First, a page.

United States

April 13, 2016, 7am PDT
As prices rise, especially in desirable urban markets, what used to be called "starter homes" rarely come up for sale. And when they do, they go for more than first time home-buyers can afford.
The Washington Post
Feature
April 12, 2016, 2pm PDT
Reformed parking regulations will improve the quality of urban environments. They might even allow to once again construct building types we appreciate only in older cities, but could never imagine building with today’s parking requirements.
Gerhard Mayer
April 12, 2016, 9am PDT
An MIT study determined that traffic lights, and their inefficiencies, could be eliminated if all vehicles were equipped to regulate their speed and "batch" together as they approach intersections.
Fast Co. Design
April 12, 2016, 8am PDT
A new study, released this week, reveals the connections between geography and life expectancy.
The New York Times
April 12, 2016, 7am PDT
There's a new volley in the long-running battle between cities and suburbs. In his new book "The Human City," urban scholar Joel Kotkin contends that cities and their planners have lost sight of the residents who matter most: families.
California Planning & Development Report
April 11, 2016, 2pm PDT
A federal magistrate judge recently allowed a group of 21 youth plaintiffs to proceed with a lawsuit charging the federal government with neglecting their constitutional rights by failing to act on climate change.
Grist
April 11, 2016, 12pm PDT
The latest from a growing body of research on the connections between land use and public health identifies four characteristics of land use that produce beneficial public health outcomes.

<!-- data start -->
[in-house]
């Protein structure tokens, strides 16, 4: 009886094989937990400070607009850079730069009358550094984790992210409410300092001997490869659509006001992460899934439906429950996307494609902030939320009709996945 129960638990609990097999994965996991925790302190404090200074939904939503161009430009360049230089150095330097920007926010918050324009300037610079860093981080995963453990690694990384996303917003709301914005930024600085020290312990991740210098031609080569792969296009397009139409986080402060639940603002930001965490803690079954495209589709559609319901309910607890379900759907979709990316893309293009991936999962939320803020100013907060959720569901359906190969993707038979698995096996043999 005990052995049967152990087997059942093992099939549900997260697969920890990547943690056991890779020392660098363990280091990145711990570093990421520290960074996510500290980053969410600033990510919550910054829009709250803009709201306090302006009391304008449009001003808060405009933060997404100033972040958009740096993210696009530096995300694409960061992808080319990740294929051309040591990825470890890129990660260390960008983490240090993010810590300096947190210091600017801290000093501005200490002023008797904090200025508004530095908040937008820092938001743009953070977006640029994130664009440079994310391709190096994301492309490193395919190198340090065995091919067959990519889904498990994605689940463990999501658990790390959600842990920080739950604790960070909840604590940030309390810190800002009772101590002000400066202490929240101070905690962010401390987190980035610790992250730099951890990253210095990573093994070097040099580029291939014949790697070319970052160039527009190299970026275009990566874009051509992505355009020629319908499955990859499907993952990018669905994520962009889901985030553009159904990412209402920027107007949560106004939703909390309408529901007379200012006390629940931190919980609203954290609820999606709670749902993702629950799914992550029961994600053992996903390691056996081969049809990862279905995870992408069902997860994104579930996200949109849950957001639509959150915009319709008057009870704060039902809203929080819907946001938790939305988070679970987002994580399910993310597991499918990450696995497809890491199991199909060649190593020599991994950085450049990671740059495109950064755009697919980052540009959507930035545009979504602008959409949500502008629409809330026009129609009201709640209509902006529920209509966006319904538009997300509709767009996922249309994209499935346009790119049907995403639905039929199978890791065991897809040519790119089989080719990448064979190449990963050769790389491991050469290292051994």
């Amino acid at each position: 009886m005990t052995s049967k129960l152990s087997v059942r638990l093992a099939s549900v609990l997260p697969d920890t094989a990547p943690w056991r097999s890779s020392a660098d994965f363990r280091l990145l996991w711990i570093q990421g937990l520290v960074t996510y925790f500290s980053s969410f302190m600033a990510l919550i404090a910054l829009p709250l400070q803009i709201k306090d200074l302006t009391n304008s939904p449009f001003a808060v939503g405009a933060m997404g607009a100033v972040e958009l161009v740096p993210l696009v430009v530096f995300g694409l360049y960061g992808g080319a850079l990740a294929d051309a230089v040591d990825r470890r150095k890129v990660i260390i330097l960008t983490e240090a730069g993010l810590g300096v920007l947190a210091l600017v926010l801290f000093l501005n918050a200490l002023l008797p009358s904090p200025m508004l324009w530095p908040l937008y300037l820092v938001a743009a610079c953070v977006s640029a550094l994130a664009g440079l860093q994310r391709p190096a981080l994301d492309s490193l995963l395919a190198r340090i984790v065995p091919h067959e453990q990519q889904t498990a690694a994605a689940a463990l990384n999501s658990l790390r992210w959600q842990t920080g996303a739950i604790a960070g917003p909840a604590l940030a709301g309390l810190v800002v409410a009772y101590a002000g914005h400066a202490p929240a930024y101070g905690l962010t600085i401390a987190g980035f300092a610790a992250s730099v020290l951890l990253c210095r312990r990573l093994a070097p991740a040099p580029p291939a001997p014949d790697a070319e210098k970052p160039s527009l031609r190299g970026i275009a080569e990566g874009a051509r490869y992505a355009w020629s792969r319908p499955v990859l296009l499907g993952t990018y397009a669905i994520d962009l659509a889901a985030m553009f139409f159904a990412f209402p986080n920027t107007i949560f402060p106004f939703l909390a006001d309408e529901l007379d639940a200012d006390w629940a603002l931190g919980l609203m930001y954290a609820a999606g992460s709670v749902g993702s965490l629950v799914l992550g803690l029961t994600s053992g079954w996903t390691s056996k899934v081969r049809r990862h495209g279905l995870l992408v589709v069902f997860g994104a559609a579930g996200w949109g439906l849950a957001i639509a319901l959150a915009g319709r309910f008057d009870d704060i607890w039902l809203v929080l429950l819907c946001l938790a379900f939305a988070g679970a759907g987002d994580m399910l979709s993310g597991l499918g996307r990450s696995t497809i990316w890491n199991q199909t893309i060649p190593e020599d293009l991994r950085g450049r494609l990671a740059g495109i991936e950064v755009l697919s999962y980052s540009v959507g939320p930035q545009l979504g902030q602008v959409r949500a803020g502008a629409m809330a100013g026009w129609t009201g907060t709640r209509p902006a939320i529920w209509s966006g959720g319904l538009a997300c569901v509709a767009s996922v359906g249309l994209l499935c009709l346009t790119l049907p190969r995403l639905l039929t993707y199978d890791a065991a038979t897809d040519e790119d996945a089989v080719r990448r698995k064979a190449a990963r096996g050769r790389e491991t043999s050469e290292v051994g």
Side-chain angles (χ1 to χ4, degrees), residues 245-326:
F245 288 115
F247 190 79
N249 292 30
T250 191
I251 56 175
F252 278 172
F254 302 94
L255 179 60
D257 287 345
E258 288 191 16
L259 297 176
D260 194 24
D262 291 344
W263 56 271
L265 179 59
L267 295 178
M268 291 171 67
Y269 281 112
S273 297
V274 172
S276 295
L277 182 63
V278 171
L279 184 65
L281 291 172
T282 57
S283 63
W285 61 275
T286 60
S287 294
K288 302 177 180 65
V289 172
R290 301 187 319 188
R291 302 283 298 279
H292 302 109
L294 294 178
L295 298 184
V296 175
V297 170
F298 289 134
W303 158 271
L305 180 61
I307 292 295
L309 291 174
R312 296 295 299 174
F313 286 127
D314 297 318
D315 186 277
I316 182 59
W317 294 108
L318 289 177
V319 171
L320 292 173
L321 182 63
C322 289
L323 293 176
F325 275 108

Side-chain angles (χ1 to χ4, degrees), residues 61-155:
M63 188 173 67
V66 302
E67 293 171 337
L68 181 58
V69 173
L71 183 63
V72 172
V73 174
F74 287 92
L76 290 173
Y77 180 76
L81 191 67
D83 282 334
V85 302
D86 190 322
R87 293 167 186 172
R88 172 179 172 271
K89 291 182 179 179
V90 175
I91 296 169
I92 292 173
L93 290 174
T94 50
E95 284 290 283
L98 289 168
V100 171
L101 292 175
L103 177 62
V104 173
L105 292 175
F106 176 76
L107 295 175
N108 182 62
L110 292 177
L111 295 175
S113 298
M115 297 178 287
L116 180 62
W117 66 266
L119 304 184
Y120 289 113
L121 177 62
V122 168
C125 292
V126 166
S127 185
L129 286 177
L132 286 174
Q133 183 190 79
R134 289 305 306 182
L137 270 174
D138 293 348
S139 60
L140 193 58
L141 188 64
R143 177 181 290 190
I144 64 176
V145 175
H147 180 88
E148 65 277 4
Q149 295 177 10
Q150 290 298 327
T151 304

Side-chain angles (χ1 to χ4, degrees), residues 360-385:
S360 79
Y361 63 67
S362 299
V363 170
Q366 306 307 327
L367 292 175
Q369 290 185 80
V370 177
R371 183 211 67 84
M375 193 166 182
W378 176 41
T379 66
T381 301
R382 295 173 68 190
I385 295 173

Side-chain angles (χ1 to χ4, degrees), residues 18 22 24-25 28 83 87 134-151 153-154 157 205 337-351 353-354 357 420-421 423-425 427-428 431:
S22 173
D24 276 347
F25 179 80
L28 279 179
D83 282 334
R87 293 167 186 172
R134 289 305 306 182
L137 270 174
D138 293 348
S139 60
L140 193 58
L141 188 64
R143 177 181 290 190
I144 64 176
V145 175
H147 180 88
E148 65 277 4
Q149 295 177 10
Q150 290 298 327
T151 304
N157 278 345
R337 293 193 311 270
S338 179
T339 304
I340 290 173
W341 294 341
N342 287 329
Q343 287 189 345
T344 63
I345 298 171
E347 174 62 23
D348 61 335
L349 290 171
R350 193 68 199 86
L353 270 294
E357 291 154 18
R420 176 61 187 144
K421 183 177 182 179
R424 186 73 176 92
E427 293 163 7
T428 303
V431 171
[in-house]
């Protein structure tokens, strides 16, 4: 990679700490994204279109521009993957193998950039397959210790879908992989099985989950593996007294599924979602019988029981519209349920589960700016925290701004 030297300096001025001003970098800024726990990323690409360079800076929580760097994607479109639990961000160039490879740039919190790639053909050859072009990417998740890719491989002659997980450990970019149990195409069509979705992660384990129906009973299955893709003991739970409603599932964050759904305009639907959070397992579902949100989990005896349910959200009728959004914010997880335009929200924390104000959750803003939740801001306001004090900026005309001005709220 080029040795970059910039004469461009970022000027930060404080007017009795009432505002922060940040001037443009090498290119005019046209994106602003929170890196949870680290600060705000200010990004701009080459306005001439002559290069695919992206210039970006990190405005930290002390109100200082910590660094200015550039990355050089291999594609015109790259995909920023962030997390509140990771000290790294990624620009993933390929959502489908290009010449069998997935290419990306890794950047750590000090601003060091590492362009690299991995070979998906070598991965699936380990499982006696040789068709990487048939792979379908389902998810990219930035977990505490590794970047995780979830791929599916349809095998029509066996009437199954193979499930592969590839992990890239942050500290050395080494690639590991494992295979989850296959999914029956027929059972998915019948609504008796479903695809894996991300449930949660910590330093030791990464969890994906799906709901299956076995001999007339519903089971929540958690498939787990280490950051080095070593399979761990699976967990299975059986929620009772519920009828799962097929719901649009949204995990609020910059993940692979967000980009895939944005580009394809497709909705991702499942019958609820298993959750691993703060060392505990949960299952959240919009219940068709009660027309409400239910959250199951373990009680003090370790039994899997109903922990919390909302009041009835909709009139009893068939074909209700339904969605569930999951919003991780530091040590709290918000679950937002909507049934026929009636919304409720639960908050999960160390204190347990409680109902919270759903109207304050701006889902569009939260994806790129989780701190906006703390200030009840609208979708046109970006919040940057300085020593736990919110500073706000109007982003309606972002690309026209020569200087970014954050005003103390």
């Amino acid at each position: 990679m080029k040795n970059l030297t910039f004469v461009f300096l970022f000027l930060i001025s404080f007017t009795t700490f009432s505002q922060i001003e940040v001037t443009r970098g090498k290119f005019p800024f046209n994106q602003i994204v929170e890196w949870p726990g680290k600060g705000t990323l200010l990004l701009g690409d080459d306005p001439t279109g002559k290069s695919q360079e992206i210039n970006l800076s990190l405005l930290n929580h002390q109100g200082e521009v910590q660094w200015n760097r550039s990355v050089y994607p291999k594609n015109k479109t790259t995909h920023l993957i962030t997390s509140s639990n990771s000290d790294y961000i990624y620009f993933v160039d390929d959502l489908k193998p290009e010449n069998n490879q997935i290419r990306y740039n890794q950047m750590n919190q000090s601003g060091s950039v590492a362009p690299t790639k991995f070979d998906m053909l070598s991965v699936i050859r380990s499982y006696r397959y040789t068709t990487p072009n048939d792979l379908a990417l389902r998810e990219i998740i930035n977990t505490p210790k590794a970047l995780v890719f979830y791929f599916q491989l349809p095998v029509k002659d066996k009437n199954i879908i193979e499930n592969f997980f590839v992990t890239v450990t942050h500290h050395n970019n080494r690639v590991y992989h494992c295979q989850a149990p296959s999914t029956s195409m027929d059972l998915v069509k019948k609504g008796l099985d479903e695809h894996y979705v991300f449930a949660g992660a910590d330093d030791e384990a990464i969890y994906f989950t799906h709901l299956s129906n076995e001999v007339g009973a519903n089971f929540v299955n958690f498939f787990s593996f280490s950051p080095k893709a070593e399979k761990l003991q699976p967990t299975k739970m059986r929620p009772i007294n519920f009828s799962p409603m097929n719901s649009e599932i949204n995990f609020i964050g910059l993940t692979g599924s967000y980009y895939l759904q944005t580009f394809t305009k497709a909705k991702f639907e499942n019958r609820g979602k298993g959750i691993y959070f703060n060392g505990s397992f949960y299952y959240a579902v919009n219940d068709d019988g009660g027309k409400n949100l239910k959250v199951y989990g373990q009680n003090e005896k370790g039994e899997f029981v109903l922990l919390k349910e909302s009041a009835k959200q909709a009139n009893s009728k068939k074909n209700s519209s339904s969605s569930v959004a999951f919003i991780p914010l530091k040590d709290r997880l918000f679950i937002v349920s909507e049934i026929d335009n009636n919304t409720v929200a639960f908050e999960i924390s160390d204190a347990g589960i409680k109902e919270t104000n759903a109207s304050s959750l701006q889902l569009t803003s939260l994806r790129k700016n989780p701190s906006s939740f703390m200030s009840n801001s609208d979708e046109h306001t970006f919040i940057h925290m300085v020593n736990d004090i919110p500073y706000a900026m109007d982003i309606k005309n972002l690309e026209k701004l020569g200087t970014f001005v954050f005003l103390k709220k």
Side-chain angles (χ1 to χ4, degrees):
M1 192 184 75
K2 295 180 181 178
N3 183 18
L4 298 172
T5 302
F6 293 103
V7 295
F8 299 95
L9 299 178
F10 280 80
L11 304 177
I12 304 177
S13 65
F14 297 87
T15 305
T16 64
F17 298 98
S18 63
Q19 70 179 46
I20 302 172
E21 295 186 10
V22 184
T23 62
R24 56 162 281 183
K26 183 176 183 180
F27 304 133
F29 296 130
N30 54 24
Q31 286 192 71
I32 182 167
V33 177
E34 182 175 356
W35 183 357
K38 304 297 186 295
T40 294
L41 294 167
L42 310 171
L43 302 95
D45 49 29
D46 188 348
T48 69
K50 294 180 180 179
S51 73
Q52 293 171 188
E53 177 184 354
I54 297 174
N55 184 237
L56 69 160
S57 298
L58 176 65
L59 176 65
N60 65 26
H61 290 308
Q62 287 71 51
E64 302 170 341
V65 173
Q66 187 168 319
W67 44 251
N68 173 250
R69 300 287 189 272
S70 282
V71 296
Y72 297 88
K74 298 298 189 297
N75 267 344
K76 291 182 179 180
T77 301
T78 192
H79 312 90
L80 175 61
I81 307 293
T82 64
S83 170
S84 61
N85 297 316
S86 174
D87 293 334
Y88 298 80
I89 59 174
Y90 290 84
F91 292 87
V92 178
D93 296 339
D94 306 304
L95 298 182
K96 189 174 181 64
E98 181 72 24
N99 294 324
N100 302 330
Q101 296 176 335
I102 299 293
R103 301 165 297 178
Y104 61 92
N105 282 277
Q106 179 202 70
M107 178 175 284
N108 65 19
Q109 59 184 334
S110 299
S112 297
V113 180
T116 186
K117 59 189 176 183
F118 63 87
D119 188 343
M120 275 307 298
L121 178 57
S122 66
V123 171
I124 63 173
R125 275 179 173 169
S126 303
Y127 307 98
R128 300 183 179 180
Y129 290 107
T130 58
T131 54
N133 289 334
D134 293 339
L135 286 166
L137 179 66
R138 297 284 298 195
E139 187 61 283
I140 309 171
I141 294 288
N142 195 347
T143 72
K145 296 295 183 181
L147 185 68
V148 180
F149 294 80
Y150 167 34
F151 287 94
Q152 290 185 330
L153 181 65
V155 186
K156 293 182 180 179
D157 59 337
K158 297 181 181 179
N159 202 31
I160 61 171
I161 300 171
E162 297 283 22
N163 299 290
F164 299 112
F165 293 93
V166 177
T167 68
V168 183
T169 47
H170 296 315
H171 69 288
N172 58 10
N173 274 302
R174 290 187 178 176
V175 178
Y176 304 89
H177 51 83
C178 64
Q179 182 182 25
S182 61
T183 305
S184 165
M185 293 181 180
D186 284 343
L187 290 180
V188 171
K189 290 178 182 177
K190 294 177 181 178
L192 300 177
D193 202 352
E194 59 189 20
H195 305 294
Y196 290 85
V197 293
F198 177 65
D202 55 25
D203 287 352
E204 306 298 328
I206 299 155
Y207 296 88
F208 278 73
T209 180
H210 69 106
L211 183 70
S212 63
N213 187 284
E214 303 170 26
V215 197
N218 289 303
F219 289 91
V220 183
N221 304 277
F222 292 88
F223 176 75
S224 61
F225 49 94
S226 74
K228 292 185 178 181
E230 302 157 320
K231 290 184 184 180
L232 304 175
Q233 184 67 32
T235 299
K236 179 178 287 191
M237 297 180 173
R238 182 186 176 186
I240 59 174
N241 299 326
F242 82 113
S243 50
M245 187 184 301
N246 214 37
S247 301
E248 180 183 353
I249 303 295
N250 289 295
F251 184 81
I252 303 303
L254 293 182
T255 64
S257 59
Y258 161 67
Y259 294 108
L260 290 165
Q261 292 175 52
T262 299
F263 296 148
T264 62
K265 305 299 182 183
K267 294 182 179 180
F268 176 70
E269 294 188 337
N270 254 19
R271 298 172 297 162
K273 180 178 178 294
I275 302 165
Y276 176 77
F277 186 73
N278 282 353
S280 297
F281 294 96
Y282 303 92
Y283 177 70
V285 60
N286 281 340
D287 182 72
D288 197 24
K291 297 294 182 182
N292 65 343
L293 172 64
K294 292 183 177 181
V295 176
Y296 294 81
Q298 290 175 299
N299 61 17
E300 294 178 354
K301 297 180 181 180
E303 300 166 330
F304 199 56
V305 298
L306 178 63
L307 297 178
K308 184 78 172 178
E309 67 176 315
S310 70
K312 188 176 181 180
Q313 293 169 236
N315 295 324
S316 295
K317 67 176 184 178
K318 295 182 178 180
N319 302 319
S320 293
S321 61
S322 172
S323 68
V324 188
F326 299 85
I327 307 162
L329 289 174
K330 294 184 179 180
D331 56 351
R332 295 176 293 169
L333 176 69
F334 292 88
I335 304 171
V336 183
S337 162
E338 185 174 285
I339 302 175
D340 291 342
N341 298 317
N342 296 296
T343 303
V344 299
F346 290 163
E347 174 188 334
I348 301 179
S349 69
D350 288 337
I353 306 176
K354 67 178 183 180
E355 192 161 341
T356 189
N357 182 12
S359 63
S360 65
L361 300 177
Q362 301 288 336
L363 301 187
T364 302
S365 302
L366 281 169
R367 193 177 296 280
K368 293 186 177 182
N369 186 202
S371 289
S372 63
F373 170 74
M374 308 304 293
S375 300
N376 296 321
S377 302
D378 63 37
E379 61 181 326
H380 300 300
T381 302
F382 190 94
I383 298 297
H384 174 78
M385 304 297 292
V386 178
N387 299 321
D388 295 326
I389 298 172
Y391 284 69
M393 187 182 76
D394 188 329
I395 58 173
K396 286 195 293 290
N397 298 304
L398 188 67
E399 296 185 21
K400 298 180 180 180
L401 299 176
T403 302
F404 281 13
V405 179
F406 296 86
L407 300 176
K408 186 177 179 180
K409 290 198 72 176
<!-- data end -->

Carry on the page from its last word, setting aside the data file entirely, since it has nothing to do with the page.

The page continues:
The Huffington Post
April 11, 2016, 11am PDT
Rebecca Solnit writes a pointed criticism of the wave of optimism attached to the self-driving car. Her preference: public transit.
The Guardian
April 11, 2016, 7am PDT
Last year the U.S. Department of Transportation reported an increase of 3.3 percent in miles-traveled. During that same period, use of toll facilities, i.e., where motorists elect to pay to drive, increased 7.7 percent according to a new analysis.
USA Today
April 11, 2016, 5am PDT
A global problem requiring local solutions—sea level rise is one of the great planning challenges of the 21st century. A new institute wants to help cities prepare for the future.
Next City
April 8, 2016, 2pm PDT
New research from the Pew Research Center provides insight into the people relying on public transit.
Pew Research Center
April 8, 2016, 7am PDT
Chatty Maps break down the sound profile of cities.
Digital Trends
April 7, 2016, 9am PDT
The other day, a new Shinkansen bullet line was added in Japan, the first to operate high-speed rail in 1964. The U.S. has yet to build is first line. More troubling is the decay we've seen in the relatively new metro lines, like D.C. Metro and BART.
The Conversation
April 7, 2016, 7am PDT
A new federal housing program is unique in its approach but all too common in its scope.
CityLab
April 6, 2016, 2pm PDT
An article in Quartz laments the underwhelming results of a generation of gadgets intended to make houses technologically enabled.
Quartz
April 6, 2016, 10am PDT
Juno, a new transportation network company launching to a small group of testers in New York this month, is hoping to shake up the business model adopted by its predecessors in the field.
The Washington Post
April 6, 2016, 9am PDT
The U.S Department of Transportation has announced a competitive grant funding opportunity designed specifically for bus transit.
Mass Transit
April 6, 2016, 8am PDT
Economist Jed Kolko's recent study on how the lack in affordability of cities determines who's moving there, whose moving out, and how these changes are shaping cities and suburbs. His paper is the basis for several articles by leading urban writers.
The Atlantic
April 6, 2016, 7am PDT
The dangerous absurdity of building a national—or a community—to-do list around fear, resentment, and wishful thinking
PlaceShakers
April 5, 2016, 1pm PDT
This is the moment a lot of traffic safety advocates have been waiting for: the AP Style Guide, purveyors of rules and regulations to journalists and other, has taken a side in the debate about the word "accident."
Twitter